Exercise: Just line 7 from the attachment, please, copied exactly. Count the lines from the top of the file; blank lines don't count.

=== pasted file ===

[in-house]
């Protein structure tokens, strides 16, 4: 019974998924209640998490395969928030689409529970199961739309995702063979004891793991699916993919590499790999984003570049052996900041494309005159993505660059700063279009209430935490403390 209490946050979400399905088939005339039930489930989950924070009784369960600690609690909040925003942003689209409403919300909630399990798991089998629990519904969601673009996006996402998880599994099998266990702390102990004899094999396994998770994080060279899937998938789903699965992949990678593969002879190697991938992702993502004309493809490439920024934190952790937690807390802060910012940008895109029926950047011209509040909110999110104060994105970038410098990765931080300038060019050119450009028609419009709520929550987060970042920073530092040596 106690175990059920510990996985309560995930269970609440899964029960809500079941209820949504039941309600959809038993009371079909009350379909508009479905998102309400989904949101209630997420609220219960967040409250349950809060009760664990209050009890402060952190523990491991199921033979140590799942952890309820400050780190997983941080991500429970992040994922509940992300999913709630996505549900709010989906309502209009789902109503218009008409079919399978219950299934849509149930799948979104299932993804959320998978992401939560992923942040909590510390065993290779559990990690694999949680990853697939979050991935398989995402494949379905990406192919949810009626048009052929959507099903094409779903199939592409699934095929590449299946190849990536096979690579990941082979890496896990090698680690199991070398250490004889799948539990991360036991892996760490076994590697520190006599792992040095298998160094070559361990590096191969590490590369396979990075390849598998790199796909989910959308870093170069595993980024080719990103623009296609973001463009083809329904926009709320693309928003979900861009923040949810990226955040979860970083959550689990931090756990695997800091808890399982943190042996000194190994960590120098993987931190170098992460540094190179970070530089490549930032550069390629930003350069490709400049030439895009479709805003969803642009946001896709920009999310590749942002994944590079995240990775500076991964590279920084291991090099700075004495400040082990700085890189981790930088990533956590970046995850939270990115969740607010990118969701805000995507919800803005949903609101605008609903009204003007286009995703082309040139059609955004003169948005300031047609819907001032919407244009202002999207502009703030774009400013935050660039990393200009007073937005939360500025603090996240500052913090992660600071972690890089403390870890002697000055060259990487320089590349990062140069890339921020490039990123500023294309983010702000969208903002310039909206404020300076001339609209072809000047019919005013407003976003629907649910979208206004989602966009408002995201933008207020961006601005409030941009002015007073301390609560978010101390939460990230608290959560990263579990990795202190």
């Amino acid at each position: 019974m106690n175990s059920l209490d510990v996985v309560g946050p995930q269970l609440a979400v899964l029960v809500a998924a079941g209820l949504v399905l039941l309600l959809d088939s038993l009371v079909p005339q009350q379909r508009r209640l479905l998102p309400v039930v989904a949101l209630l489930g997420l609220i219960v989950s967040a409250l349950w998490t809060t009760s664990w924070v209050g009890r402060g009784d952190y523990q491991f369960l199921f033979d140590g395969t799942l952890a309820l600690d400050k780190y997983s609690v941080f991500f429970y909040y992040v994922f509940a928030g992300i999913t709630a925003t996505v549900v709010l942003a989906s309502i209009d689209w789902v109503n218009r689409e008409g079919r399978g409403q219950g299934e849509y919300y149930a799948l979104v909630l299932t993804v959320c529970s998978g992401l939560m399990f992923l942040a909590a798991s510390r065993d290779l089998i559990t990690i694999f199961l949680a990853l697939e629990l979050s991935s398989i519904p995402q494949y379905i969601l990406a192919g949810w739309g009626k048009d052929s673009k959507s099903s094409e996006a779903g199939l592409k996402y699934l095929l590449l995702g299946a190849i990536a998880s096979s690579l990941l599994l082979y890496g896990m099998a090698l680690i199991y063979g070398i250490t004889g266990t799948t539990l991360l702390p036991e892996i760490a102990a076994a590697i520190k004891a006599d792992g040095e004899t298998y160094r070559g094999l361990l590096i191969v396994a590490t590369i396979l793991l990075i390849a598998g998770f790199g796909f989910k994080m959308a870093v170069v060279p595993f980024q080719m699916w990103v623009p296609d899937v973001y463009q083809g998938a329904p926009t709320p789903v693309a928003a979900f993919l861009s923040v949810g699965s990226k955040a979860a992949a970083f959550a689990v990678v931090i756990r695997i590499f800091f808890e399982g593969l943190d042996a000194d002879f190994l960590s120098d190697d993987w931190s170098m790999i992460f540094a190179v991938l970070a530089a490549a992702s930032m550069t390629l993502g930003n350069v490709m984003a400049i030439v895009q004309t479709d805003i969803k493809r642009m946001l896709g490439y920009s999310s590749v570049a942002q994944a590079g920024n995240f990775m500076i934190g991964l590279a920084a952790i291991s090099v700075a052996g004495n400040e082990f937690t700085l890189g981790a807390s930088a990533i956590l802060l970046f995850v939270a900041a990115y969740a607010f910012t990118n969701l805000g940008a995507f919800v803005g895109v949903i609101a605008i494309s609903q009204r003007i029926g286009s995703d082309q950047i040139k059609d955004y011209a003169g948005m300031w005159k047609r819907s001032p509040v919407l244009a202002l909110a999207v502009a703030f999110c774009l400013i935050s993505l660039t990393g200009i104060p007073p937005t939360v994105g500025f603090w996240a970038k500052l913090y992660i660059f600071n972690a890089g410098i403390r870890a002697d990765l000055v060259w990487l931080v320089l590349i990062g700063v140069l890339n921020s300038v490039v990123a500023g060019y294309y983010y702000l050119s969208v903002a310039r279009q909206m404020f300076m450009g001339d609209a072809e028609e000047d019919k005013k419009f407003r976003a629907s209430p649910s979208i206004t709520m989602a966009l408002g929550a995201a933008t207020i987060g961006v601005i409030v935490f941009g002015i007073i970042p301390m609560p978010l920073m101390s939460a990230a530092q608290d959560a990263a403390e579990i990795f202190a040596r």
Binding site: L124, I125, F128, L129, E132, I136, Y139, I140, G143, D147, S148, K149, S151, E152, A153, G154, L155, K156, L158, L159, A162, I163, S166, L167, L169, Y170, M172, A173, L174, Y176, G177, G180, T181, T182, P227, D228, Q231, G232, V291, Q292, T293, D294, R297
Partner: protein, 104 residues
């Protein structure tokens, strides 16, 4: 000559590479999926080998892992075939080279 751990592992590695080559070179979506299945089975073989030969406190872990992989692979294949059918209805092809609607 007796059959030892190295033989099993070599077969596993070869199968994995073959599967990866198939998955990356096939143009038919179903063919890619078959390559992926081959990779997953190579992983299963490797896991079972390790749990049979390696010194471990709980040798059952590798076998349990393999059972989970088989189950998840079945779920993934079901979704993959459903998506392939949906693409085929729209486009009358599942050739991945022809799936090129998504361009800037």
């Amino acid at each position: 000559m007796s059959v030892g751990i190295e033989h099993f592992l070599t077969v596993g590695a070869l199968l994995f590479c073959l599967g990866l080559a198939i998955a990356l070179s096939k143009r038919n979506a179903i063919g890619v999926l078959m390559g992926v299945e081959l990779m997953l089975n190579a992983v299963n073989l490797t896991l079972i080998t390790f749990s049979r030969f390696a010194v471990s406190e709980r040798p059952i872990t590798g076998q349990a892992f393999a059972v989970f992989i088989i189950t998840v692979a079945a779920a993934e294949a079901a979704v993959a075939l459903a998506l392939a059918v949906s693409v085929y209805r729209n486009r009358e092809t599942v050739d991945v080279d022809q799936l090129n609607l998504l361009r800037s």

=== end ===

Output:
């Amino acid at each position: 000559m007796s059959v030892g751990i190295e033989h099993f592992l070599t077969v596993g590695a070869l199968l994995f590479c073959l599967g990866l080559a198939i998955a990356l070179s096939k143009r038919n979506a179903i063919g890619v999926l078959m390559g992926v299945e081959l990779m997953l089975n190579a992983v299963n073989l490797t896991l079972i080998t390790f749990s049979r030969f390696a010194v471990s406190e709980r040798p059952i872990t590798g076998q349990a892992f393999a059972v989970f992989i088989i189950t998840v692979a079945a779920a993934e294949a079901a979704v993959a075939l459903a998506l392939a059918v949906s693409v085929y209805r729209n486009r009358e092809t599942v050739d991945v080279d022809q799936l090129n609607l998504l361009r800037s």